Prairie experience

Trip Start Sep 06, 2012
1
15
104
Trip End Mar 06, 2013


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Where I stayed
Buffalo Pound Provincial Park

Flag of Canada  , Saskatchewan,
Wednesday, September 19, 2012

Midday temperature: 17C

Travelling out of North Dakota seemed to take forever. The scenery does not change, just miles and miles of brown and yellow prairie. The winds were so strong there were times when Greg was battling with Star to stay on the road. We even had a tumbleweed blow across our path. But just when we thought this would be a boring drive, we started seeing numbers placed on the side of hills. I don't know what the significance is but they must have been done by someone with a lot of time on their hands.

We finally reached the US/Canada border. We didn't have any problems at all, the border agent just asked us for the same information that we would put on the custom form that we would fill out on a flight to Canada. He did ask us why we were crossing at Saskatchewan and remarked that it was a long way for our daughter to find employment.

Onto Saskatchewan; it’s one of the items on my bucket list. It’s the only province that I haven’t been in but Greg was here with his family in the early 1970s. Driving in Saskatchewan was not much different than North Dakota, strong prairie winds and dust and dust. We drove along the Canam highway from the border to Moose Jaw. During the drive we saw many oil derricks in the fields and at one point Greg remarked about the cranes. I didn’t get too excited. Then Greg asked me if I was going to take a picture and I said okay. I thought he wanted me to take a picture of a big building which I didn’t find at all interesting until the building moved! I couldn’t believe it. This massive building was a crane. No wonder Greg was amazed that I wasn’t amazed.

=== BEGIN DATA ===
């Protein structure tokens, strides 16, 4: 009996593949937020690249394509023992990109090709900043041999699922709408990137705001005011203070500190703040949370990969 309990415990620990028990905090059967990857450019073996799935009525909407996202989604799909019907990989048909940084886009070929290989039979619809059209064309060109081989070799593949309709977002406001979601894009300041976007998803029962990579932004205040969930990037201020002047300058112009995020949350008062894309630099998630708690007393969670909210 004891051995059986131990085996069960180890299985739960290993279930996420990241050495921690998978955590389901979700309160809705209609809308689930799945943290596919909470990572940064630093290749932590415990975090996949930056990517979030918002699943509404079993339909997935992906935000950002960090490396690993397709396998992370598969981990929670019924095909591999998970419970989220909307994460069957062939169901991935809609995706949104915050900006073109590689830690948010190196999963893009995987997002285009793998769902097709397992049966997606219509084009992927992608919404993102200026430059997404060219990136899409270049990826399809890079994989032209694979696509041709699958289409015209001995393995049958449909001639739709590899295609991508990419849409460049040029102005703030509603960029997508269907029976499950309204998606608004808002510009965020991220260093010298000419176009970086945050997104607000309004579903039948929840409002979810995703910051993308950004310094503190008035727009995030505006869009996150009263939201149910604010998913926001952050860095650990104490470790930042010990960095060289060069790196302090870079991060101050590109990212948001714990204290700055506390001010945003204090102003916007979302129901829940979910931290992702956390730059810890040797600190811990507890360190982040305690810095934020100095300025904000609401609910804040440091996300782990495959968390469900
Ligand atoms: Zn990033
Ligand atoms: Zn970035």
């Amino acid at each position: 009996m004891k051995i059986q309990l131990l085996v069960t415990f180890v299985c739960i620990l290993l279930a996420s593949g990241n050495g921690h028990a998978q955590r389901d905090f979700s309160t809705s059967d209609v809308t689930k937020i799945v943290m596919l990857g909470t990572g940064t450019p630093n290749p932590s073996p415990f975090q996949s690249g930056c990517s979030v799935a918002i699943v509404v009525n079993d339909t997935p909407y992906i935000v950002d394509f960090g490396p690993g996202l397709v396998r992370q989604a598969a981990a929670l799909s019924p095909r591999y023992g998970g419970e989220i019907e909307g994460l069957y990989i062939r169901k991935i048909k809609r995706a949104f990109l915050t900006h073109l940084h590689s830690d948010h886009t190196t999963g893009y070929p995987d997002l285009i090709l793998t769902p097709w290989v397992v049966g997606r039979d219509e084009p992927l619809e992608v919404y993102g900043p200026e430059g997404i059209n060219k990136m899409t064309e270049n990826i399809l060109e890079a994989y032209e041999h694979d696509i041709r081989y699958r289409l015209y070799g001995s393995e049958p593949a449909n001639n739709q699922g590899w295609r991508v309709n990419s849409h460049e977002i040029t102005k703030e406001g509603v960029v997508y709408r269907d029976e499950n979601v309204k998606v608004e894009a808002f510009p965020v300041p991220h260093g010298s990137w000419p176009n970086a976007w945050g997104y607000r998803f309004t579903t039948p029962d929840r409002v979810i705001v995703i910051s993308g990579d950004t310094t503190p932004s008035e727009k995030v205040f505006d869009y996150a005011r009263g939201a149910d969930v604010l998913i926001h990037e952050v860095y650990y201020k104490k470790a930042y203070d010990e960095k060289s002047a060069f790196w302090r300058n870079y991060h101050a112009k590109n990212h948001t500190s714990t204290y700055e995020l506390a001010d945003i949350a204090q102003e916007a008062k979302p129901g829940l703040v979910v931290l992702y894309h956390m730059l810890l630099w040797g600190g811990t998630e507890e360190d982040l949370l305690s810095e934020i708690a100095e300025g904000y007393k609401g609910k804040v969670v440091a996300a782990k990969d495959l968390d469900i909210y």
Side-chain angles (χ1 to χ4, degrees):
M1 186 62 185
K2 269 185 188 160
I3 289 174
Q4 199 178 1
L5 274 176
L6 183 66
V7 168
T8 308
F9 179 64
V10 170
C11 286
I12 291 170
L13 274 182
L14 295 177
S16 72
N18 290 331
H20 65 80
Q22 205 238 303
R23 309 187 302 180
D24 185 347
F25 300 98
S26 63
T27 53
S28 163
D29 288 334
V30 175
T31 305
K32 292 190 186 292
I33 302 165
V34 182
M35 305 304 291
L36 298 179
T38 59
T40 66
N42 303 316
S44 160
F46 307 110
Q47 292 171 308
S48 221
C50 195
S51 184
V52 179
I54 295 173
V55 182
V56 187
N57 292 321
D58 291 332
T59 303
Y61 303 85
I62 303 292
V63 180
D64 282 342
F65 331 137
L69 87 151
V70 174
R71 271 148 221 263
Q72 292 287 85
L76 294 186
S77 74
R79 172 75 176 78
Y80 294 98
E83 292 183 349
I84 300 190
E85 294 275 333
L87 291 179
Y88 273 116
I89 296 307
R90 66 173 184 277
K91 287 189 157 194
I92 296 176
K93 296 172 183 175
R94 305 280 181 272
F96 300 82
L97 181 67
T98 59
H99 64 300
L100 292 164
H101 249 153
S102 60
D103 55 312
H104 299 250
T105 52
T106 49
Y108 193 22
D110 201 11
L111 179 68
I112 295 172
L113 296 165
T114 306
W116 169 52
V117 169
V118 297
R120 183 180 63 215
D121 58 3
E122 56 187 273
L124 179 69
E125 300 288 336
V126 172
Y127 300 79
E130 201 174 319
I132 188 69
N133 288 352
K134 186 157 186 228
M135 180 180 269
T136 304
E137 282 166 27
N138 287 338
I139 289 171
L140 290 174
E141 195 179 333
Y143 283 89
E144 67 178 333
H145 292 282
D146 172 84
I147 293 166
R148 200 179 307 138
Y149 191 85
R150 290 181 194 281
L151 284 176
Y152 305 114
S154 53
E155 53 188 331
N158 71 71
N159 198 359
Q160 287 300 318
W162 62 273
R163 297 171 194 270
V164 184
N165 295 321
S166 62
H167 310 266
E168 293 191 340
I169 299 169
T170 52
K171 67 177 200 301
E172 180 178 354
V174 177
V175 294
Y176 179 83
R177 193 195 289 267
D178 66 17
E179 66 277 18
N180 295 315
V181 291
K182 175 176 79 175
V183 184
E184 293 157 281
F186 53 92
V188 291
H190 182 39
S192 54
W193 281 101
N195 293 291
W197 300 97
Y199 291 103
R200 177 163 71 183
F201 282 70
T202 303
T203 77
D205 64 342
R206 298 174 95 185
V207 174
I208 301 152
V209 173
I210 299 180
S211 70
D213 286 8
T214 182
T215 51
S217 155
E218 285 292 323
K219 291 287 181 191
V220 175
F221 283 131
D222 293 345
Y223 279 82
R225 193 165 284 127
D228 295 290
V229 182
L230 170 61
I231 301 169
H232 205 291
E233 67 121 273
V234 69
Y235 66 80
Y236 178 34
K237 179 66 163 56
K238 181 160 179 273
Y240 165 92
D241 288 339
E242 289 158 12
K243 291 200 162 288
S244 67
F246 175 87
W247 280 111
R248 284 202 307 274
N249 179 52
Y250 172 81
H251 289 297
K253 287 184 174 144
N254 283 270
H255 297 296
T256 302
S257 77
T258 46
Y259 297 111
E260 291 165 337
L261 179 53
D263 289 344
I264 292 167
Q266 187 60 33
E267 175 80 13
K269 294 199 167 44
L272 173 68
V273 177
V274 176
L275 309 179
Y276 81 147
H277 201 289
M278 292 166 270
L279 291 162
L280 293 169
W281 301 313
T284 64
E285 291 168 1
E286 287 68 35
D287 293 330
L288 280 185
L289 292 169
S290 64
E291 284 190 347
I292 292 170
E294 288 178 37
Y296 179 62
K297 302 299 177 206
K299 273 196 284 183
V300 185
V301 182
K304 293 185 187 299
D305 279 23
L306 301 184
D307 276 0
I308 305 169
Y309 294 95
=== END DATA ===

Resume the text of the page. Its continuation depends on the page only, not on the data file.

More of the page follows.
The highlight of our day was stopping at Dog River, home of Brent Leroy and the gang of the hit show Corner Gas. Unfortunately the diner is only open on weekends but we took a few pictures and were glad that we stopped. Many of the communities we passed had a huge sculpture of something prairie-like but we didn’t see the big hoe at Dog River.

Our campground tonight is a provincial park not too far away from Moose Jaw. It’s another beautiful setting and our site is on the lake. We’ve seen lots of deer, geese, and ducks, and walked around only a small portion of this huge park. We won’t be alone tonight but there aren’t many other sites being used.

States/provinces driven in: North Dakota, Saskatchewan
Driven today: 601 km
Driven to date: 5169 km
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Comments

heather on

Hi mom, Here's some info about those numbers:
During the past 54 years, all but a few of the graduating classes of Kenmare High School have left their mark for posterity on the hillsides. Each spring the seniors select a hill, gather with shovels, trucks, and paint brushes, then get to work. An outline of their class year is staked out. Then the sod is dug out and hauling in of field stones begins. When the trenches have been completely filled with rocks, the project is finished off with a coat of whitewash or paint. For many years, Rock Day was an organized school event for seniors just before graduation. Most of the KHS class-year rock monuments have taken shape on the hillsides from seven to eleven miles south of town along Highway 52.
Class years from '51 to '98 can be easily spotted as one cruises through the area of the Baden overpass. Years pass, but the numbers remain highly visible as the classes apply a fresh coat of paint during their reunions. The first KHS rocks took shape in 1945. The students' rock graffiti on the hillsides was initially conceived as a diversion from less desirable graffiti painted on buildings and other structures around town.

Betsy on

Great info, what a brilliant way to remember their school days.

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